It’s been nearly a year since Gabe & Eve Caleigh lost their son, Cam.  He disappeared while playing on a playground; an exhausted Eve had fallen asleep just for a few brief moments, long enough for Cam to disappear.

Gabe & Eve take their two daughters (Loren and Cally) and move from London after Gabe takes a new job.  The move isn’t permanent, just something to force Eve out of the depression she’s been in since Cam disappeared.  Their temporary home is Crickley Hall, a dark, manor built from granite blocks.  Gabe seems to be the only one not bothered by Crickley’s ominous atmosphere; even the family dog, Chester, is frightened.

It doesn’t take long before mysterious things begin to happen: voices, shadows, mysterious puddles of water on the cold stone floors. The cellar door, while locked at night, appears unlocked in the morning. Gabe blames it on the building’s old construction, but Eve & the girls can’t dismiss it. Loren is physically beaten by an unseen force; Cally is seen playing with flying bits of light. Eve’s determined to find out more about the history of Crickley Hall.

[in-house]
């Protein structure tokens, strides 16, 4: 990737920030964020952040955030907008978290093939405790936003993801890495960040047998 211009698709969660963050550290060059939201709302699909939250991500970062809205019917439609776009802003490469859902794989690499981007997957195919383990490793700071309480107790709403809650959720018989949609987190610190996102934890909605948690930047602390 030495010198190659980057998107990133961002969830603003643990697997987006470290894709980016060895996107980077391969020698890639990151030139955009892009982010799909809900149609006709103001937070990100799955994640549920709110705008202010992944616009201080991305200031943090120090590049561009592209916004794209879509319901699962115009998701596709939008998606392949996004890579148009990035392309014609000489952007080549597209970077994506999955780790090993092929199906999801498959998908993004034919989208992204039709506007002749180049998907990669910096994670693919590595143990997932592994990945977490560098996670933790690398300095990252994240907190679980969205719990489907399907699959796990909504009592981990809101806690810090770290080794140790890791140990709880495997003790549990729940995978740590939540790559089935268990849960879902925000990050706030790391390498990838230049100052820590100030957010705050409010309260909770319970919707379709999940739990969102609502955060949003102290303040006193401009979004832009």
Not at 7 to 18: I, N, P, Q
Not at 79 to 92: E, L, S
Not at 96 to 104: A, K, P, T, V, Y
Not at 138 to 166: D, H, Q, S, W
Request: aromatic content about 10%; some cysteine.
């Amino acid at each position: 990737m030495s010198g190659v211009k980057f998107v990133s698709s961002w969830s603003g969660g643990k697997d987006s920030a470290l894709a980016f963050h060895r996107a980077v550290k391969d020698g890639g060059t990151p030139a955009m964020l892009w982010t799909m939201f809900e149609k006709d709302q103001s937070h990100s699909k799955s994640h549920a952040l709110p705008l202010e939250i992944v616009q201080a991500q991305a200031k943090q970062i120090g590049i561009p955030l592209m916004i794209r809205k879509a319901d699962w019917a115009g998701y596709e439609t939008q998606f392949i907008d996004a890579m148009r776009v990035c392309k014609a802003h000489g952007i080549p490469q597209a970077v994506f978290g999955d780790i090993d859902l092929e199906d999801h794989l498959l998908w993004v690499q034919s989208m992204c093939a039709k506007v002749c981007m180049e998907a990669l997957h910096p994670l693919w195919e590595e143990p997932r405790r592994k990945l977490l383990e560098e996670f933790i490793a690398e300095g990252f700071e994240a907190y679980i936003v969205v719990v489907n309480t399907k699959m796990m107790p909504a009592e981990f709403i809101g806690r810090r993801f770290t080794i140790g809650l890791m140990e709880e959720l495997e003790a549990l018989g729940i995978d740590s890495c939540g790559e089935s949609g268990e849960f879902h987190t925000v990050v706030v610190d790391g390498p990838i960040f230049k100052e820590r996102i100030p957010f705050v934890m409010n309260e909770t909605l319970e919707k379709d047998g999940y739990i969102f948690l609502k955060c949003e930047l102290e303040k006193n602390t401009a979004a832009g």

Crickley Hall’s past is part of the local history; during the World War II, the town experienced a horrible flood. The residents of Crickley Hall were orphans, evacuees sent from London to escape the Blitz. Eleven of the children died in the flood, reportedly drowned in the dank cellar of Crickley Hall. Eve can’t accept this; why would the children be in the cellar during a flood? Why wouldn’t they seek safety in the higher floors?

Eventually, the horrid secret of Crickley Hall is unveiled, a secret so horrible and dark, kept long hidden by overly protective townspeople.

The Secret of Crickley Hall is a true classic haunted house story, in every sense. It has everything a great horror novel should: dark surroundings, mysterious untimely deaths.  Add some suspicious townspeople,a psychic  and an elderly caretaker and the combination is complete.  Herbert is known for his chilling, gothic stories; the atmosphere he provides in his novels truly becomes a character in itself.  The whispers in the night, the rattling of the wind all add to the reader’s experience. I’m not one to scare easily yet I found myself with goosebumps while reading this book.

Another characteristic of classic ghost stories is the psychological horror, in addition to the physical. The family is already in a weakened state after the loss of young Cam.  The house feeds off this; increasing in strength. The reader can sense the energy increasing with each turn of the page. As with all horror stories, the ending is intense; I found myself holding my breath through the last several pages.